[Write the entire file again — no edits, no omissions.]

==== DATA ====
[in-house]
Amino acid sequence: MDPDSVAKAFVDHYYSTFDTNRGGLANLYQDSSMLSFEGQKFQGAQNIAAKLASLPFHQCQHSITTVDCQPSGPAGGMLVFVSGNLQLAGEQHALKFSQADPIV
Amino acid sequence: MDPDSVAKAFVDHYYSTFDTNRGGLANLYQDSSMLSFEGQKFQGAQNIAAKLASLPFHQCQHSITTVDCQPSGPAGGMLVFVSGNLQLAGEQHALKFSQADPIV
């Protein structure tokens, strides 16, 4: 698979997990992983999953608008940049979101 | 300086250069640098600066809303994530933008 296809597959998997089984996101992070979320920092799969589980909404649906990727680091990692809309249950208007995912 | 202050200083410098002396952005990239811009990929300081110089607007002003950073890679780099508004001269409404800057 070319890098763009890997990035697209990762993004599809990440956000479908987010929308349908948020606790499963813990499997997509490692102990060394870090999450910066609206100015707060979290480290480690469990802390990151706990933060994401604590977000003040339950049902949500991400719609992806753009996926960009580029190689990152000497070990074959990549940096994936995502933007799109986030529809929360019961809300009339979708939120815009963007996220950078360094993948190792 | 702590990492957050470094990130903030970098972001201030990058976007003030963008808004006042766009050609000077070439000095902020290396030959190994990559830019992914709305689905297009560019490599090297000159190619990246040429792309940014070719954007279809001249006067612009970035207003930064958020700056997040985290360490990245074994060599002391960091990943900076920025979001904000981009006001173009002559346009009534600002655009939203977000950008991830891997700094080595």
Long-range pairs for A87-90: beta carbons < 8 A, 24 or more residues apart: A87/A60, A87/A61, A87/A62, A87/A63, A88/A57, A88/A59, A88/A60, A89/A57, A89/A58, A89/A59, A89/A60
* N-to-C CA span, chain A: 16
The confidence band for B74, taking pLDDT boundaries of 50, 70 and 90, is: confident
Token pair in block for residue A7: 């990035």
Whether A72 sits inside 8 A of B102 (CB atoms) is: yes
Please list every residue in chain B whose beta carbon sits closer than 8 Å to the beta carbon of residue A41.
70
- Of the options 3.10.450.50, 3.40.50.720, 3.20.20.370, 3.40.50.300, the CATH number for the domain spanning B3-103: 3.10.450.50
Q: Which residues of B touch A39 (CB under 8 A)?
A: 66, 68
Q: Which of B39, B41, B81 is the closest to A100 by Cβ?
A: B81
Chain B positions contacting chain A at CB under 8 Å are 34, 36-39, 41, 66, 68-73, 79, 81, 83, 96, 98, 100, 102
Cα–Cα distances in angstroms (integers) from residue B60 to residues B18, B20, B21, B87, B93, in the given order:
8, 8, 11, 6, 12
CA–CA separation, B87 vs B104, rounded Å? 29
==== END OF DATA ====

[in-house]
Amino acid sequence: MDPDSVAKAFVDHYYSTFDTNRGGLANLYQDSSMLSFEGQKFQGAQNIAAKLASLPFHQCQHSITTVDCQPSGPAGGMLVFVSGNLQLAGEQHALKFSQADPIV
Amino acid sequence: MDPDSVAKAFVDHYYSTFDTNRGGLANLYQDSSMLSFEGQKFQGAQNIAAKLASLPFHQCQHSITTVDCQPSGPAGGMLVFVSGNLQLAGEQHALKFSQADPIV
């Protein structure tokens, strides 16, 4: 698979997990992983999953608008940049979101 | 300086250069640098600066809303994530933008 296809597959998997089984996101992070979320920092799969589980909404649906990727680091990692809309249950208007995912 | 202050200083410098002396952005990239811009990929300081110089607007002003950073890679780099508004001269409404800057 070319890098763009890997990035697209990762993004599809990440956000479908987010929308349908948020606790499963813990499997997509490692102990060394870090999450910066609206100015707060979290480290480690469990802390990151706990933060994401604590977000003040339950049902949500991400719609992806753009996926960009580029190689990152000497070990074959990549940096994936995502933007799109986030529809929360019961809300009339979708939120815009963007996220950078360094993948190792 | 702590990492957050470094990130903030970098972001201030990058976007003030963008808004006042766009050609000077070439000095902020290396030959190994990559830019992914709305689905297009560019490599090297000159190619990246040429792309940014070719954007279809001249006067612009970035207003930064958020700056997040985290360490990245074994060599002391960091990943900076920025979001904000981009006001173009002559346009009534600002655009939203977000950008991830891997700094080595």
Long-range pairs for A87-90: beta carbons < 8 A, 24 or more residues apart: A87/A60, A87/A61, A87/A62, A87/A63, A88/A57, A88/A59, A88/A60, A89/A57, A89/A58, A89/A59, A89/A60
* N-to-C CA span, chain A: 16
The confidence band for B74, taking pLDDT boundaries of 50, 70 and 90, is: confident
Token pair in block for residue A7: 């990035």
Whether A72 sits inside 8 A of B102 (CB atoms) is: yes
Please list every residue in chain B whose beta carbon sits closer than 8 Å to the beta carbon of residue A41.
70
- Of the options 3.10.450.50, 3.40.50.720, 3.20.20.370, 3.40.50.300, the CATH number for the domain spanning B3-103: 3.10.450.50
Q: Which residues of B touch A39 (CB under 8 A)?
A: 66, 68
Q: Which of B39, B41, B81 is the closest to A100 by Cβ?
A: B81
Chain B positions contacting chain A at CB under 8 Å are 34, 36-39, 41, 66, 68-73, 79, 81, 83, 96, 98, 100, 102
Cα–Cα distances in angstroms (integers) from residue B60 to residues B18, B20, B21, B87, B93, in the given order:
8, 8, 11, 6, 12
CA–CA separation, B87 vs B104, rounded Å? 29